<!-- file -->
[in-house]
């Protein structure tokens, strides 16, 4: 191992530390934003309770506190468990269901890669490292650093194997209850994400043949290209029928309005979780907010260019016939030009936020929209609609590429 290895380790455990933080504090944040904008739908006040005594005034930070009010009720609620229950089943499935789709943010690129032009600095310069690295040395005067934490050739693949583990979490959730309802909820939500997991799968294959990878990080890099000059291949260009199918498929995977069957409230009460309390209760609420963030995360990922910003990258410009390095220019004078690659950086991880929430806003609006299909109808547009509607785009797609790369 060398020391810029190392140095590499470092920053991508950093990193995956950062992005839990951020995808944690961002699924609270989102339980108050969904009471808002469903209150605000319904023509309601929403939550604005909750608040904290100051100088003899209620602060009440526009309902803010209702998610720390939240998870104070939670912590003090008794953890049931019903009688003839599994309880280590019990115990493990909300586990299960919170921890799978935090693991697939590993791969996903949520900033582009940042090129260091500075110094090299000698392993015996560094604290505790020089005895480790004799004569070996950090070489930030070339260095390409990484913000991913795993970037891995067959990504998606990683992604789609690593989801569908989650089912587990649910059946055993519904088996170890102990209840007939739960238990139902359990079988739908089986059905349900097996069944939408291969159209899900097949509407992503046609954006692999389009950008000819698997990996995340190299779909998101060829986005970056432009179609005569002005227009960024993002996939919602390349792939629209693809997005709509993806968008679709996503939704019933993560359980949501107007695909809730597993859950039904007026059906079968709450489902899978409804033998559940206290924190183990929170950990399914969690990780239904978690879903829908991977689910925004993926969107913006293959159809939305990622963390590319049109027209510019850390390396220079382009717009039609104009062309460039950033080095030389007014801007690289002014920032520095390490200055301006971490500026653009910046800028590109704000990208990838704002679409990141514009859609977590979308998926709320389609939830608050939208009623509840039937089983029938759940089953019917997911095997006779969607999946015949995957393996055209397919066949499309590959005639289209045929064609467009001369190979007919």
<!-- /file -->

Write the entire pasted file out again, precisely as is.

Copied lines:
[in-house]
């Protein structure tokens, strides 16, 4: 191992530390934003309770506190468990269901890669490292650093194997209850994400043949290209029928309005979780907010260019016939030009936020929209609609590429 290895380790455990933080504090944040904008739908006040005594005034930070009010009720609620229950089943499935789709943010690129032009600095310069690295040395005067934490050739693949583990979490959730309802909820939500997991799968294959990878990080890099000059291949260009199918498929995977069957409230009460309390209760609420963030995360990922910003990258410009390095220019004078690659950086991880929430806003609006299909109808547009509607785009797609790369 060398020391810029190392140095590499470092920053991508950093990193995956950062992005839990951020995808944690961002699924609270989102339980108050969904009471808002469903209150605000319904023509309601929403939550604005909750608040904290100051100088003899209620602060009440526009309902803010209702998610720390939240998870104070939670912590003090008794953890049931019903009688003839599994309880280590019990115990493990909300586990299960919170921890799978935090693991697939590993791969996903949520900033582009940042090129260091500075110094090299000698392993015996560094604290505790020089005895480790004799004569070996950090070489930030070339260095390409990484913000991913795993970037891995067959990504998606990683992604789609690593989801569908989650089912587990649910059946055993519904088996170890102990209840007939739960238990139902359990079988739908089986059905349900097996069944939408291969159209899900097949509407992503046609954006692999389009950008000819698997990996995340190299779909998101060829986005970056432009179609005569002005227009960024993002996939919602390349792939629209693809997005709509993806968008679709996503939704019933993560359980949501107007695909809730597993859950039904007026059906079968709450489902899978409804033998559940206290924190183990929170950990399914969690990780239904978690879903829908991977689910925004993926969107913006293959159809939305990622963390590319049109027209510019850390390396220079382009717009039609104009062309460039950033080095030389007014801007690289002014920032520095390490200055301006971490500026653009910046800028590109704000990208990838704002679409990141514009859609977590979308998926709320389609939830608050939208009623509840039937089983029938759940089953019917997911095997006779969607999946015949995957393996055209397919066949499309590959005639289209045929064609467009001369190979007919």